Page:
The Smith decision also created a unique opportunity for the knowledgeable homeowner to take advantage of an unwitting contractor who did not know of the requirement to give the homeowner a consumer rights brochure prior to starting work. Such a homeowner could allow a contractor to work on their home remodeling project, significantly expand the scope of the project with one extra after another, pay as little as possible to the contractor to keep him or her working on the project, and then, when it came time to pay the remaining balance, use the lack of a consumer rights brochure as a way of preventing the contractor from ever getting paid for the work performed improving the customer’s home.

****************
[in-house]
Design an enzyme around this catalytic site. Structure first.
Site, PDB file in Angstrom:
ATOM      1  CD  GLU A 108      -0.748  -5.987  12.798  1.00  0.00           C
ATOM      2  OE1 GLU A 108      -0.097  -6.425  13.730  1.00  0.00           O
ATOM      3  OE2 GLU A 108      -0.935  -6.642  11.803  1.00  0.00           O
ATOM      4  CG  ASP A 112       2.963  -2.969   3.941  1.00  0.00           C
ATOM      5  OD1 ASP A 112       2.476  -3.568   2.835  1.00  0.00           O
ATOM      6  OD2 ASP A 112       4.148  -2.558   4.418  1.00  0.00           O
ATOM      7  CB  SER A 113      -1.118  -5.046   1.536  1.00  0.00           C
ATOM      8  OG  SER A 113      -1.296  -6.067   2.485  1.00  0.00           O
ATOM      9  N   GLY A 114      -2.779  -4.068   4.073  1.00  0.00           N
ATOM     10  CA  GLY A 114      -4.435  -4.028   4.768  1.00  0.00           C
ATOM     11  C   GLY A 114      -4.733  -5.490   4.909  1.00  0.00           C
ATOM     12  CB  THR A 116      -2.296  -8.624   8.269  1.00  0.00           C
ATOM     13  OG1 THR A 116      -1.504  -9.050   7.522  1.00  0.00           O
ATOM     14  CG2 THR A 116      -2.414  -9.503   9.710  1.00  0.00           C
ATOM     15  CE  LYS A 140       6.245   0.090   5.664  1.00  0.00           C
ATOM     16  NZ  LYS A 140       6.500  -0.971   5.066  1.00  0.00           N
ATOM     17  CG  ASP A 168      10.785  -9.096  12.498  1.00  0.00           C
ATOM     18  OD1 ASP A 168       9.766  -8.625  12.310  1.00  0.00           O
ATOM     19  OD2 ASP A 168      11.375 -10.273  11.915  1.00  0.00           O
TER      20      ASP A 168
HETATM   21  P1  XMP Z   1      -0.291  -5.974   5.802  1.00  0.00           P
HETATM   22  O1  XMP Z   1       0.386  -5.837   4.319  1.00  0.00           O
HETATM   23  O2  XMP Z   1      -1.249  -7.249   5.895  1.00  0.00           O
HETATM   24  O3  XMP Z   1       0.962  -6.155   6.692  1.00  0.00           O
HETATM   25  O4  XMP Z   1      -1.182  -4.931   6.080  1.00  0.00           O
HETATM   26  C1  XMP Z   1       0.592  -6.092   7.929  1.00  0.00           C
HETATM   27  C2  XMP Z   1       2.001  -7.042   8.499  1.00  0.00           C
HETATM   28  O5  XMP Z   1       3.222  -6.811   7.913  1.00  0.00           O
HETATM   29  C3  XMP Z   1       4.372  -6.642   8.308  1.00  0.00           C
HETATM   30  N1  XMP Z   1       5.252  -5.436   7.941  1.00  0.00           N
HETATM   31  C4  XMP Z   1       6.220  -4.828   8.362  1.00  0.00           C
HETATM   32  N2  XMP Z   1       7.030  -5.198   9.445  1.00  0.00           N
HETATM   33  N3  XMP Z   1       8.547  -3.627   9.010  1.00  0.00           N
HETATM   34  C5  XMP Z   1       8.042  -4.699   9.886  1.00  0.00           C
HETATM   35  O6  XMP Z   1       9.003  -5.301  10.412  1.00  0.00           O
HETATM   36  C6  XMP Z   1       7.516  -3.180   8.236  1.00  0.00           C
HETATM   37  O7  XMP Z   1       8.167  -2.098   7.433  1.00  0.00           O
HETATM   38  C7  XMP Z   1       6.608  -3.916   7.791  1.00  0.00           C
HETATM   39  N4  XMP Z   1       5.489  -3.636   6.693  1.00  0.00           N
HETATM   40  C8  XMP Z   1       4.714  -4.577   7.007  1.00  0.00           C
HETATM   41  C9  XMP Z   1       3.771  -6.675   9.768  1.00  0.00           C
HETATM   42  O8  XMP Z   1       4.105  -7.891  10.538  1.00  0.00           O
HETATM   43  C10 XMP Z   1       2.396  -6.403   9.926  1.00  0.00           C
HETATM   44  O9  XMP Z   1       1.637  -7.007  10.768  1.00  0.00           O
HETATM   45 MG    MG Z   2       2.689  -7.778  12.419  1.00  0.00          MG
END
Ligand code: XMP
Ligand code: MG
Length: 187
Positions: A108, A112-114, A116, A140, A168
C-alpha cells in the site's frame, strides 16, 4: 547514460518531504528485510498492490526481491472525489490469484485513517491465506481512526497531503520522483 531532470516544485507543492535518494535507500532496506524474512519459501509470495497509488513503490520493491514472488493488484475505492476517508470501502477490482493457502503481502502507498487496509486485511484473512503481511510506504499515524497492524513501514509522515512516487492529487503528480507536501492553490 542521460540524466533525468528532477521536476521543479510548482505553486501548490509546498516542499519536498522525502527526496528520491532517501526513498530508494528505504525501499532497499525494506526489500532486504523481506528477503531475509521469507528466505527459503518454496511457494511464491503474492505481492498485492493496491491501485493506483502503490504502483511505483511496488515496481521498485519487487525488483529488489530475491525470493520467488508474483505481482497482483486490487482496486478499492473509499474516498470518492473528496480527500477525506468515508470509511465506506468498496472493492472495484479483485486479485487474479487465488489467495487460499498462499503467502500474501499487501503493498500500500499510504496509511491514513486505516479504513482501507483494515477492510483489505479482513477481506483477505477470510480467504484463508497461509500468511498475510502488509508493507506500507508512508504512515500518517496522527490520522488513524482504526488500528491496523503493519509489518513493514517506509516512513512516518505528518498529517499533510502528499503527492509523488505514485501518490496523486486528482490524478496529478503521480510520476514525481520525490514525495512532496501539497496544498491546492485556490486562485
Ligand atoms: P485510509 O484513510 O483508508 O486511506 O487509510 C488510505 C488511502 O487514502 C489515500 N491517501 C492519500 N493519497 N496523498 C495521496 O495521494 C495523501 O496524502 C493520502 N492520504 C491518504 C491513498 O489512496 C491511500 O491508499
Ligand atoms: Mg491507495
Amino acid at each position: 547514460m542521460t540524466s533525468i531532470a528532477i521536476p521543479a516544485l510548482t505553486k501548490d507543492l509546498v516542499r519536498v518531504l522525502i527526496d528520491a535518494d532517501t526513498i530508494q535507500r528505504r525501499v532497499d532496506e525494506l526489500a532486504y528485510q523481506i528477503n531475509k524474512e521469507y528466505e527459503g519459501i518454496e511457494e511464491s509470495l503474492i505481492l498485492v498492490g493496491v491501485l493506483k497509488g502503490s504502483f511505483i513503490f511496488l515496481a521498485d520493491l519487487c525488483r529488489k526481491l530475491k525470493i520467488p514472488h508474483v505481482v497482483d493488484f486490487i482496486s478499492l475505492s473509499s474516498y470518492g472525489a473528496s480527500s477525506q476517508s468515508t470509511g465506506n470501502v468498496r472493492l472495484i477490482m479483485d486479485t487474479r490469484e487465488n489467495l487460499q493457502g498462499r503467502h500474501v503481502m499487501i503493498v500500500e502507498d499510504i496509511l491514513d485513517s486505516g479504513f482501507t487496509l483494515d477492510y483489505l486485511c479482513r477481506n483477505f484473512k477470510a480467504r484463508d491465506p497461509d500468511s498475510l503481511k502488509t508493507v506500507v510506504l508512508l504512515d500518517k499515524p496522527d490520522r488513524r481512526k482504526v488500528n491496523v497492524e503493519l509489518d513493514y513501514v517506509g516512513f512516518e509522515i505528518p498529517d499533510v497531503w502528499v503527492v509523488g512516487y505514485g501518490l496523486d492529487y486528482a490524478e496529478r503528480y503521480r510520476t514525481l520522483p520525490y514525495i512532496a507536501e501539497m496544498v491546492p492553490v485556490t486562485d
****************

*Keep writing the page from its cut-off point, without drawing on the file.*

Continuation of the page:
IV. K.Miller Constr. Co. v. McGinnis – Legal But Not Equitable Claims Barred by Violations of the Home Repair and Remodeling Act.
In K.Miller Constr. Co. v. McGinnis, the First District confronted the nightmare scenario described above. When the McGinnises decided to remodel their Chicago property, they contacted a "friend" who had performed remodeling work for them on other property prior to the passage of the Home Repair Act.10 The parties reached an oral agreement for the work, but never reduced it to writing. The McGinnises (one of whom was an attorney practicing real estate law for over 30 years) initially agreed to pay $187,000 for the remodeling work, consistent with a written proposal from another construction company the McGinnises gave to Miller. Later, the McGinnisses decided to expand the scope of the project significantly, reaching more than $500,000 in construction costs.11